Her daughter couldn’t stand up and couldn’t lift her arms. An Oregon-based mom didn’t know what was wrong until doctors found a single tick hiding in her daughter’s hair.
Now, with summer and time outdoors approaching, the family is warning other parents to thoroughly check for ticks and tick bites if their kids are grappling with strange symptoms or irregular behaviour.
“Evelyn started acting a little weird last night around bedtime. She didn’t want to stand up after her bath to get into her pajamas. I helped her and got her in bed…this morning she was having a hard time standing. She could barely walk, or crawl, and could hardly use her arms,” Amanda Lewis wrote in a Facebook post.
She included a video showing her daughter’s sudden lethargy. The clip has been viewed more than 20 million times.
Close family members watched the video but couldn’t figure out what was wrong. That’s when Lewis rushed her daughter to the emergency room.
There, experts knew what the culprit was right away.
“The doctor talked to us for a minute and said over the past 15 years he had seen about seven or eight children her age with identical symptoms and more than likely she had a tick. They looked her over, combed through her hair really well and sure enough found a tick hiding in her hair,” Lewis said.
Evelyn’s condition was called tick paralysis. It’s caused by over 40 species of ticks worldwide, including five in North America, and can occur in almost any region where ticks are found, according to the American Lyme Disease Foundation.
Symptoms of tick paralysis typically kick in about five to seven days after a tick becomes attached to the human body. It starts with fatigue, numbness of legs and muscle pains, but after that, it moves into paralysis if the tick isn’t caught.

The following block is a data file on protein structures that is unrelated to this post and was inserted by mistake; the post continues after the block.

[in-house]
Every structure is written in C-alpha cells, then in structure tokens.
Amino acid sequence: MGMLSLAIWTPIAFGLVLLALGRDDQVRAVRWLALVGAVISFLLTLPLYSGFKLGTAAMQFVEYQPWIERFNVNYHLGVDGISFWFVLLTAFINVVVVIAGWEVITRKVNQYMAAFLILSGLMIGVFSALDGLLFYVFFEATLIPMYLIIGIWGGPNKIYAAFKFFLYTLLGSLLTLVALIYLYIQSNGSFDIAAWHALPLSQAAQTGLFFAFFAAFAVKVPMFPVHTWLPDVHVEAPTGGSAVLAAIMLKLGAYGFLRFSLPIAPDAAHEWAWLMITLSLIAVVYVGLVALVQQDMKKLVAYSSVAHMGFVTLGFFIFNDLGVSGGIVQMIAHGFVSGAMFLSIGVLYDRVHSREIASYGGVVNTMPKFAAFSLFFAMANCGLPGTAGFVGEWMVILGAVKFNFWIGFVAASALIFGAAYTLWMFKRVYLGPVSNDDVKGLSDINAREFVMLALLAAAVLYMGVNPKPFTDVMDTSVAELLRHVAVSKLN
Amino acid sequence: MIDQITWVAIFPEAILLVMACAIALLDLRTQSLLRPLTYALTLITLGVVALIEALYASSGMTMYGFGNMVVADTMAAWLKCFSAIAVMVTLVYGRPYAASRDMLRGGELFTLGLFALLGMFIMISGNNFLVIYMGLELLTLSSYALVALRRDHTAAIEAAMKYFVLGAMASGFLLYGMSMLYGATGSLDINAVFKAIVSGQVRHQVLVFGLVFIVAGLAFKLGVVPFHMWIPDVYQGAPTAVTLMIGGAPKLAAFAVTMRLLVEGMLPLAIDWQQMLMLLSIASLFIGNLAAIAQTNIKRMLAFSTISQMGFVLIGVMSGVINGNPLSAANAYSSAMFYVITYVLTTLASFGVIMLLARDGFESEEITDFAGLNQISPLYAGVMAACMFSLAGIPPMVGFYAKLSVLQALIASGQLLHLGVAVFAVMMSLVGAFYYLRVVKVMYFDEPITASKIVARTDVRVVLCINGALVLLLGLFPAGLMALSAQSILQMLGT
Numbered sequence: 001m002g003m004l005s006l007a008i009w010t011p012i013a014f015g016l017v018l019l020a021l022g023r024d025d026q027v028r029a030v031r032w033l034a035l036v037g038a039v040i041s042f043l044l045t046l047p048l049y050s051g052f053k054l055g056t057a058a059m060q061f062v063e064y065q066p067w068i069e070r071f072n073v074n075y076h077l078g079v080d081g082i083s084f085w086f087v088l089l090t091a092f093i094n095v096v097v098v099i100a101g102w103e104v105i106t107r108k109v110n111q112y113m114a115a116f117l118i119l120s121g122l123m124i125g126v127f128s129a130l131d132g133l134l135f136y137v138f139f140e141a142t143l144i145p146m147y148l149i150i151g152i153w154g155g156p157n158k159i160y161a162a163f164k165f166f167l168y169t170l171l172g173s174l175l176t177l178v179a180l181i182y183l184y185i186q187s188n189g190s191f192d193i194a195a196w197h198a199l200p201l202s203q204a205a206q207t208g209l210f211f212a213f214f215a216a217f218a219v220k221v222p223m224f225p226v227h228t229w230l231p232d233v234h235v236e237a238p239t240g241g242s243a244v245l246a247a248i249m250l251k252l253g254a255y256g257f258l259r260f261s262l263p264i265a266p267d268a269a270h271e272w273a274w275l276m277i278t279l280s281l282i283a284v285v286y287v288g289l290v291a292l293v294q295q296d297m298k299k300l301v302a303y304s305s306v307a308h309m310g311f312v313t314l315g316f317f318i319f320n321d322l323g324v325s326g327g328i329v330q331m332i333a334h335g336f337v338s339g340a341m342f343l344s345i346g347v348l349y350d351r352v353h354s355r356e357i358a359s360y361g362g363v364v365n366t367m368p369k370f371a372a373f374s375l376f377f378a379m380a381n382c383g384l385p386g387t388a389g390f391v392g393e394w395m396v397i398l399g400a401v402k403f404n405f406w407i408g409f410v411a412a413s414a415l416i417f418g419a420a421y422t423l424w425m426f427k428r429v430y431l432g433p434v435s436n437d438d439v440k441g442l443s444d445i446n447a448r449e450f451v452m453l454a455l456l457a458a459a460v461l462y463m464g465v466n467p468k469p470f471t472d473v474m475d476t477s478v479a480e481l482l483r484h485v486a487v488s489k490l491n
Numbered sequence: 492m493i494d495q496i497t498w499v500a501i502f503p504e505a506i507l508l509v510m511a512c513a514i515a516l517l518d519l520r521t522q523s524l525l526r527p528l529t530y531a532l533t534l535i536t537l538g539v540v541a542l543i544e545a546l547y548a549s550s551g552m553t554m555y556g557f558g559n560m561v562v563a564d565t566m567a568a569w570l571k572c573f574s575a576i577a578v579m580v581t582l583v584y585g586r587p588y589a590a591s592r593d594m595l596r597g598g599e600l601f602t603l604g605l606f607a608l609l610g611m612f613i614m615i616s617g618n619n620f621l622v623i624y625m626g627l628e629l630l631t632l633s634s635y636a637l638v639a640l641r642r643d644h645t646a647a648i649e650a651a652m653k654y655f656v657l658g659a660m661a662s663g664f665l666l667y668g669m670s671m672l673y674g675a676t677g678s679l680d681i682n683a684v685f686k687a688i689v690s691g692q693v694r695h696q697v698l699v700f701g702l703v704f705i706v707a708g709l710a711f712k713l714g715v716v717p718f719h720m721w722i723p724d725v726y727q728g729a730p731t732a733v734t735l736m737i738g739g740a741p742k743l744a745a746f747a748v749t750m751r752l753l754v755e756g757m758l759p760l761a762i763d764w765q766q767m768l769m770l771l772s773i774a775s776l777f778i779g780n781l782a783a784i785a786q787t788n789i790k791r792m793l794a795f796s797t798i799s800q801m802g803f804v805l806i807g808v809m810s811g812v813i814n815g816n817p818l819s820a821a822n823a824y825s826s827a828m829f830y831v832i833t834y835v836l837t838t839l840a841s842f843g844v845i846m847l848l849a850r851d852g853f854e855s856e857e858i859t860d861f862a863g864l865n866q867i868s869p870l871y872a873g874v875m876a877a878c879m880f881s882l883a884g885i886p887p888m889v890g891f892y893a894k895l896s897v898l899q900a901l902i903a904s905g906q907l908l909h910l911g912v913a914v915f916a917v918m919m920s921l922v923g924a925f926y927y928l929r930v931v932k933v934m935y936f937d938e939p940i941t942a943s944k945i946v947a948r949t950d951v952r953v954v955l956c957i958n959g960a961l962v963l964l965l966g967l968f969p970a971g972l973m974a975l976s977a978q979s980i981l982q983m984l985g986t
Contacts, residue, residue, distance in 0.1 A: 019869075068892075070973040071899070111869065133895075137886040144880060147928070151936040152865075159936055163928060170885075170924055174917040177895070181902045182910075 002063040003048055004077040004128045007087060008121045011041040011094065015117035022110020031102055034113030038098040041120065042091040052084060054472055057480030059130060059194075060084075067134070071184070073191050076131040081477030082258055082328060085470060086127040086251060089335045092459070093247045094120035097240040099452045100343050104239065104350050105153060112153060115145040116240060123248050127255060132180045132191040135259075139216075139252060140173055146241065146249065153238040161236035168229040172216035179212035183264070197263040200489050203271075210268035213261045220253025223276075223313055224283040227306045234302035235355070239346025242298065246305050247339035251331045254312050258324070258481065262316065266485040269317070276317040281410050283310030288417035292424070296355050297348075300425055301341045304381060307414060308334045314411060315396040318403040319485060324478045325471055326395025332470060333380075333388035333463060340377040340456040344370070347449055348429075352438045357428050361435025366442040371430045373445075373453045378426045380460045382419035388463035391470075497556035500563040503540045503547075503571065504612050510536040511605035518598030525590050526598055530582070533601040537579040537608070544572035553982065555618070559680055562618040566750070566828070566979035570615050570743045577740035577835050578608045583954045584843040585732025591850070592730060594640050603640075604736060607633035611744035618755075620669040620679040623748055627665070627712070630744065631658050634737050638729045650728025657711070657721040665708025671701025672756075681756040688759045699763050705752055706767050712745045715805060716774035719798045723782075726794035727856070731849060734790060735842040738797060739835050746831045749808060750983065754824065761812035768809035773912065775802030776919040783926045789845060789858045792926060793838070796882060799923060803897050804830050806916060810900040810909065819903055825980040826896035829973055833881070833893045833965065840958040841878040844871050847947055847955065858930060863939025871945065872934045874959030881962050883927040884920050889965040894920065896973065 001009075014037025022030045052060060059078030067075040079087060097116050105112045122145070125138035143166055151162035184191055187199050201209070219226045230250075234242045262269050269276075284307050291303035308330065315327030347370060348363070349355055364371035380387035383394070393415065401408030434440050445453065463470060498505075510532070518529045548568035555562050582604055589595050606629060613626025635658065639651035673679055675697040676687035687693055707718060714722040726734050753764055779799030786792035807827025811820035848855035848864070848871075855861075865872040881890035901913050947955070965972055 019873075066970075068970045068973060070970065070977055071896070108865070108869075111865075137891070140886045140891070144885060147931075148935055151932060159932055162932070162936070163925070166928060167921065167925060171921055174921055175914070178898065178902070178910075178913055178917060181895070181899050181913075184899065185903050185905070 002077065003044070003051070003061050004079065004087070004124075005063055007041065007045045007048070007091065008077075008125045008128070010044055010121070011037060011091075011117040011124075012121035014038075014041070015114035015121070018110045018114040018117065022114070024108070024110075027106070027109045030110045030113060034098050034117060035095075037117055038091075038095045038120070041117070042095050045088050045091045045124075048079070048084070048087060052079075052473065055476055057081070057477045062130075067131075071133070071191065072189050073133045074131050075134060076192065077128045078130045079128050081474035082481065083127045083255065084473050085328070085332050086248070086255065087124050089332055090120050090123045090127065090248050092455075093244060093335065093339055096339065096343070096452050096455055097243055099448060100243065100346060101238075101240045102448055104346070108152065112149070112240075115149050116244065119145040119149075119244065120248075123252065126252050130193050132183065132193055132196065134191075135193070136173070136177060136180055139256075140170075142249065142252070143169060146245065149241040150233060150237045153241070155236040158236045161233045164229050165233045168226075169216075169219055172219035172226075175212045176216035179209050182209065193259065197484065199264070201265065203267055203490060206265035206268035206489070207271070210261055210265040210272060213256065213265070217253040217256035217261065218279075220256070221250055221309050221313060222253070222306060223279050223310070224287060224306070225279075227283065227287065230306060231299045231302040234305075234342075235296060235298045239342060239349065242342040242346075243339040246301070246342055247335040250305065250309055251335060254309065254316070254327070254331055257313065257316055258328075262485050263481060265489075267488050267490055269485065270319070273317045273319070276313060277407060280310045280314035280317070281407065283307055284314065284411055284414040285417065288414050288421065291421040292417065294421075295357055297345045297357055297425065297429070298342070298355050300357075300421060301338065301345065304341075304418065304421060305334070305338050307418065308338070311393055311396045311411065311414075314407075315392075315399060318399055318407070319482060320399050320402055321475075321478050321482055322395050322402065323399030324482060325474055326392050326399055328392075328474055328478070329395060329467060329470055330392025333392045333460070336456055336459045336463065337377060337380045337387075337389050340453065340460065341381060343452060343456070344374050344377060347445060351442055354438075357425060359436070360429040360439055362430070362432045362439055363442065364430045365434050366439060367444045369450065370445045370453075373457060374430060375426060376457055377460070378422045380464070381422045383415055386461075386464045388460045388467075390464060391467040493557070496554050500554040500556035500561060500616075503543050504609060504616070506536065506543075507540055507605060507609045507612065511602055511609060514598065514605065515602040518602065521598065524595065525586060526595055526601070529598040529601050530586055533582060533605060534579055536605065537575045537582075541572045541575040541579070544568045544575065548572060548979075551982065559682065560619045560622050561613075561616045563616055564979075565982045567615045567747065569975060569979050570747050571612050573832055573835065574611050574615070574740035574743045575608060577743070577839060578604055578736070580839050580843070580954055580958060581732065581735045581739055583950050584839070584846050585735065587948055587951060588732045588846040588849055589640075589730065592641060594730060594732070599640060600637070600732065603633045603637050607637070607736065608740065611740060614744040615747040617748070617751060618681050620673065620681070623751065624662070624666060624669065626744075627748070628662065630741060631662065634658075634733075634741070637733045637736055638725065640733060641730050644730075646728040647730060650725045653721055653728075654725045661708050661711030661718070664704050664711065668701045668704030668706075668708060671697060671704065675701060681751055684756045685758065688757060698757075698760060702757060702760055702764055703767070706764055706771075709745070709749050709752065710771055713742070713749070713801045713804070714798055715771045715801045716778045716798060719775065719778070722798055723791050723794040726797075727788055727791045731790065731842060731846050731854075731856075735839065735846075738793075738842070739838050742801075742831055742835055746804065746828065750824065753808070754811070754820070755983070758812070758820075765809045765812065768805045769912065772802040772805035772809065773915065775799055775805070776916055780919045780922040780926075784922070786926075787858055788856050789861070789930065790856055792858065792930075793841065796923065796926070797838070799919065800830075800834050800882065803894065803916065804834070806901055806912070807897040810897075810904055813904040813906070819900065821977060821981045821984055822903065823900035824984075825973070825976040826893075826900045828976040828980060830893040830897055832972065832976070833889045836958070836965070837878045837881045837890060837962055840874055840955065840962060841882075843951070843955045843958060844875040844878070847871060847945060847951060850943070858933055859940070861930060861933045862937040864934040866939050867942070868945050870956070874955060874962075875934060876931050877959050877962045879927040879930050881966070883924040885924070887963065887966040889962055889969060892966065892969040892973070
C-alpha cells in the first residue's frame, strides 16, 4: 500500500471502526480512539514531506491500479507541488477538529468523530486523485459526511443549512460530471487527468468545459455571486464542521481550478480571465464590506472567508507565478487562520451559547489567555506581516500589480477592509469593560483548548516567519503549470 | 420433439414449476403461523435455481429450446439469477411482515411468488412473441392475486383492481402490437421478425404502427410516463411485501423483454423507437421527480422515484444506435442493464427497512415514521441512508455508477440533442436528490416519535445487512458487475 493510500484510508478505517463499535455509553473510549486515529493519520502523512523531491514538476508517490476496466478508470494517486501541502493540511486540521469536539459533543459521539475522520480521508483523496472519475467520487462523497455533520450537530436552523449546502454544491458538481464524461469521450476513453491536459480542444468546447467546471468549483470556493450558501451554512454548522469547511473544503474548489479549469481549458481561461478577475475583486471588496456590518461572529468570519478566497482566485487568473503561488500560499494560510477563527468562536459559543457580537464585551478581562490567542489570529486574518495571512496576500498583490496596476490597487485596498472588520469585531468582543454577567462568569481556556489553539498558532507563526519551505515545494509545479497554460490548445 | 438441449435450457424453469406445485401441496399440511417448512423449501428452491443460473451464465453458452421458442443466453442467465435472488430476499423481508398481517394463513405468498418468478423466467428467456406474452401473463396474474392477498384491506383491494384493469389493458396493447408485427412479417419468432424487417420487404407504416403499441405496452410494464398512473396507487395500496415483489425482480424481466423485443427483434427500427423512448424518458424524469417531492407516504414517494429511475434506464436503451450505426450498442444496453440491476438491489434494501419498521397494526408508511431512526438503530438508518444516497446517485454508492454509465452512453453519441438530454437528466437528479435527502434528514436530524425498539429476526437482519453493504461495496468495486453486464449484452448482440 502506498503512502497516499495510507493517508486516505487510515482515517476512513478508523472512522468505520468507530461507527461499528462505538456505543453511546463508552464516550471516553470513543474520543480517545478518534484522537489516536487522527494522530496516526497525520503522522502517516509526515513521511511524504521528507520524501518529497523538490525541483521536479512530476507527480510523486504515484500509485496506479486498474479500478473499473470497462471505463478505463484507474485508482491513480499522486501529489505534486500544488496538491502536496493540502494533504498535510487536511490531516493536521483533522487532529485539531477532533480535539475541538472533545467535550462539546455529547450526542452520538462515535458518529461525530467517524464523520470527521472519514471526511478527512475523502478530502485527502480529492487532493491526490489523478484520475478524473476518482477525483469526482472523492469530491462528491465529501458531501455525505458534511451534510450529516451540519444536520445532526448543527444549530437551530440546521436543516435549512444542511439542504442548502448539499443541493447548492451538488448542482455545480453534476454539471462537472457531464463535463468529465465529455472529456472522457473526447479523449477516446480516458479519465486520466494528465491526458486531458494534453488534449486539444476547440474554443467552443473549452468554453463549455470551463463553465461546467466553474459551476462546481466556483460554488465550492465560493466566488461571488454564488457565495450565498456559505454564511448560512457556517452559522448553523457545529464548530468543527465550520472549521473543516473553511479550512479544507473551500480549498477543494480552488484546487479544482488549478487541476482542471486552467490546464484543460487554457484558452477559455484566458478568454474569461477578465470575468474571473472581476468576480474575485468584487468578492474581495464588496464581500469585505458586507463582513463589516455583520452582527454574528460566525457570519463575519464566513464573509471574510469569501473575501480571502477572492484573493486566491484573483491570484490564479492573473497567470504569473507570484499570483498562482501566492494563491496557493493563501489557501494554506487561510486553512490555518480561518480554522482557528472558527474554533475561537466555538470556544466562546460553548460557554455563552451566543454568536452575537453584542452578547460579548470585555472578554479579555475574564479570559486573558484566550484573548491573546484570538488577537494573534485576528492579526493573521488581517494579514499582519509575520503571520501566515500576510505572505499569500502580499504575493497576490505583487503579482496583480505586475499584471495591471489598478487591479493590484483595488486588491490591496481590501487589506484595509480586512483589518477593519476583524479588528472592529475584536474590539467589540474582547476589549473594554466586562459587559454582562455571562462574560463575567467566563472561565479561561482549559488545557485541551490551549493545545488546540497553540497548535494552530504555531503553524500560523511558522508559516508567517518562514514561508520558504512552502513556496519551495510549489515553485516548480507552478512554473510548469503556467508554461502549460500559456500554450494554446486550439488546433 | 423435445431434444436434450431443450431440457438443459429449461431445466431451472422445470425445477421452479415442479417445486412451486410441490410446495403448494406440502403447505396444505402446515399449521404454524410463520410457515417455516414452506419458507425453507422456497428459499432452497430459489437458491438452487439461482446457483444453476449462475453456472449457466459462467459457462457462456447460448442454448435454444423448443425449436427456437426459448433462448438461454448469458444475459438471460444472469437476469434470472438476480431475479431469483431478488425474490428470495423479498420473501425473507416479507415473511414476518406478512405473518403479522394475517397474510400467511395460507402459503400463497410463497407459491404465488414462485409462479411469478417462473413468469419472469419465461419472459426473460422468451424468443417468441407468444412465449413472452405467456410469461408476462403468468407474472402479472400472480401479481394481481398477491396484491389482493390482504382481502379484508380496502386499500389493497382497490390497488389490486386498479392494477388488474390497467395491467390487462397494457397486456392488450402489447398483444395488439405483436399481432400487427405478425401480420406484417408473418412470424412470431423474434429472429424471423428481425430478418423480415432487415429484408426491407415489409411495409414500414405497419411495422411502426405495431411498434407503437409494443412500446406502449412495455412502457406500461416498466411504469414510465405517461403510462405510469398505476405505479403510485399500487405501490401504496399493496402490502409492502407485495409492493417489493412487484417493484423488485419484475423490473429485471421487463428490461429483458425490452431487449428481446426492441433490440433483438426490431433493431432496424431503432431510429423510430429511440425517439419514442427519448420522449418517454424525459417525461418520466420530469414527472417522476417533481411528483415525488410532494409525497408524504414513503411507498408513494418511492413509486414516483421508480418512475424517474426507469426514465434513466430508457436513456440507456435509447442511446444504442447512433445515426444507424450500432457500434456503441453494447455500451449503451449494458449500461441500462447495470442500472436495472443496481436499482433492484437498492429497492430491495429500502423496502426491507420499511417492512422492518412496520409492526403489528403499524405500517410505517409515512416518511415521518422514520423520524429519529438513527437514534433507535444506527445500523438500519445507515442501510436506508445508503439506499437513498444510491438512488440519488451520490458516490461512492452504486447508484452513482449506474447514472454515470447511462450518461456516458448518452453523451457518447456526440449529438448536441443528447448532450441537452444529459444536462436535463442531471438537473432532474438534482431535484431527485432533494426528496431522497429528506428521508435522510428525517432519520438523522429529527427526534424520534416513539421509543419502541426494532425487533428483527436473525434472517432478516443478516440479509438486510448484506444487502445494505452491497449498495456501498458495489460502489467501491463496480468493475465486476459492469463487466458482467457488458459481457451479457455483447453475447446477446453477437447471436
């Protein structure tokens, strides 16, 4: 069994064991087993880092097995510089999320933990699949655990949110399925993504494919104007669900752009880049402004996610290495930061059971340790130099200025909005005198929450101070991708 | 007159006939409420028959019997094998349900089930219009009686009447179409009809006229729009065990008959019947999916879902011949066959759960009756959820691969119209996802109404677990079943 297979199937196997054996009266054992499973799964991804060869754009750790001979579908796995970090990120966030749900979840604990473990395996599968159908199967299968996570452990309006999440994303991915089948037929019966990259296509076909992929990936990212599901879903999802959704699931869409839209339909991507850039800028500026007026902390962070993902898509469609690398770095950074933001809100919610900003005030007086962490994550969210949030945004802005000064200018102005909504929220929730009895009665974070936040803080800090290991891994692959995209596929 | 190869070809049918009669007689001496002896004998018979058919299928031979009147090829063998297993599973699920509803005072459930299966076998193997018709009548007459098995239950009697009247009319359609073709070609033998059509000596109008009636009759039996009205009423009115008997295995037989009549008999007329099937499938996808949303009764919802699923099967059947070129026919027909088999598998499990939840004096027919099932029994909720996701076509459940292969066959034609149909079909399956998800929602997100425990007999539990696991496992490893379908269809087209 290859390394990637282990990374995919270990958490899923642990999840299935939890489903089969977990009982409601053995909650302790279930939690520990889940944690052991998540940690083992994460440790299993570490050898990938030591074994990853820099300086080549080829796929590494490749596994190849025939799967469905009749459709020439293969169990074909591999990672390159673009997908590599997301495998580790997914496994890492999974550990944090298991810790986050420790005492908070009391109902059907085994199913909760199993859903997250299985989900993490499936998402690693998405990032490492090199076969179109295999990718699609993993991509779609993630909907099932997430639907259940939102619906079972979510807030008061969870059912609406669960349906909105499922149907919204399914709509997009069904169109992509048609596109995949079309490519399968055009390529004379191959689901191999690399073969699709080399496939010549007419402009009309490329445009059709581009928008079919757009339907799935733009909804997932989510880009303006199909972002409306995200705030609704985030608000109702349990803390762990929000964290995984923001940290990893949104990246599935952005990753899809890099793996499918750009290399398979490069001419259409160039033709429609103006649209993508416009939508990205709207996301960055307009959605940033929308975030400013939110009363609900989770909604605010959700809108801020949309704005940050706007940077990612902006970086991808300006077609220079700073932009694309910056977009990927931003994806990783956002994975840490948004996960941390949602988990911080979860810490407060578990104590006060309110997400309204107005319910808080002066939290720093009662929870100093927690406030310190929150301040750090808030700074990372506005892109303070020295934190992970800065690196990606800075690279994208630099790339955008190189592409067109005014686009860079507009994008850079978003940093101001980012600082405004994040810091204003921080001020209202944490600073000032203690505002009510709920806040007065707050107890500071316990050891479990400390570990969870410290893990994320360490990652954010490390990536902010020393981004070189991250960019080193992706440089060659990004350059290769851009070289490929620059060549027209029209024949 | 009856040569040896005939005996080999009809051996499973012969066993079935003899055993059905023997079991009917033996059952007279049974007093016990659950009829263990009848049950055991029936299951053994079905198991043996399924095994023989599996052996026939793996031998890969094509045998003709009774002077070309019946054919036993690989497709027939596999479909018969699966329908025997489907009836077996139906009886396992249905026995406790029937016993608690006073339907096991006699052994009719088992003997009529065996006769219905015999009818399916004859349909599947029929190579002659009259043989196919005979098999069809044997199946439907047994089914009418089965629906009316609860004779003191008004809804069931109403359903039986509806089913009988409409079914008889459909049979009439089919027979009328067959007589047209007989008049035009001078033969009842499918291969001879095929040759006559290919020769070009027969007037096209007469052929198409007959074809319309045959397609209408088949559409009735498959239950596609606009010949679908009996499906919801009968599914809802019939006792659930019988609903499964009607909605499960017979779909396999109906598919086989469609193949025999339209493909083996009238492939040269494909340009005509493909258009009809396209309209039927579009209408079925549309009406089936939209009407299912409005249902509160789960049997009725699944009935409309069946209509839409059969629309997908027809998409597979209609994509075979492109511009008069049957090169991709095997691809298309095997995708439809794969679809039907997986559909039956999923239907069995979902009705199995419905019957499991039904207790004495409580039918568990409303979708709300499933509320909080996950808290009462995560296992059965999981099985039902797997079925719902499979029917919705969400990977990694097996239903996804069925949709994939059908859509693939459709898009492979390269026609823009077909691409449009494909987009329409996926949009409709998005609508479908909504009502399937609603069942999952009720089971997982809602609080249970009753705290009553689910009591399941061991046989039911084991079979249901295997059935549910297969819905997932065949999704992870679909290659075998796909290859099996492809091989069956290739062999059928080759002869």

Doctors removed the tick from Evelyn’s head and she started to feel like herself again within hours.
“I didn’t realize how widespread this video would end up. So for those of you who don’t know us personally, Evelyn is doing much better…My husband and I are still in shock this happened to our baby girl and I’m glad we were able to spread some awareness about this,” Lewis wrote.
WATCH: Tick season is underway and some Canadian experts are concerned there could be more ticks this season than ever before and that could lead to more cases of Lyme disease. A Toronto woman knows first-hand how difficult it can be, as Lyme disease is often misdiagnosed and misunderstood. Allison Vuchnich reports.
Lyme disease and ticks
With sunny weather and lush wilderness across Canada, many people head outdoors for camping, hiking or picnics in wooded areas.
A danger lurking are these small, blood-sucking insects that have been infected once they’ve fed on mice, squirrels, birds or other small animals carrying the potent bacteria.
According to the Public Health Agency of Canada, there are two types of ticks at play: the western blacklegged tick in British Columbia and the blacklegged tick in other parts of Canada.
Unlike mosquitoes that can transfer West Nile to humans with a single bite, the tick has to be attached to the body for at least 24 to 36 hours. That’s enough time for the bacteria in the insect’s gut to make its way into its human host.
You could show symptoms within three to as long as 30 days: a rash at the site of the bite, headaches, fevers, muscle aches and the chills.
These symptoms appear to be the onset of Lyme disease. The condition was first discovered in the 1970s and was named after the town where the initial cases were diagnosed in Lyme, Conn.
If it’s left untreated, it could move onto the second stage of the disease. The tick’s victim is left with multiple skin rashes, arthritis, heart palpitations, and central and peripheral nervous system disorders.
A third and final stage is recurring arthritis and neurological problems, according to Health Canada.
The little insects may be the predominant culprit of Lyme disease but they’re also responsible for carrying at least three other disease-inducing agents.
How to protect yourself against ticks:
- Wear light-coloured clothing. It makes ticks easier to see and remove before they can attach to feed.
- Wear long pants and a long-sleeved shirt, closed footwear and tuck your pants into your socks.
- Use a tick repellent that has “DEET.” Apply it to your skin and outer clothing.
- Examine yourself thoroughly for ticks after a day out and use a mirror to check the back of your body.
Information provided by the Ontario Ministry of Health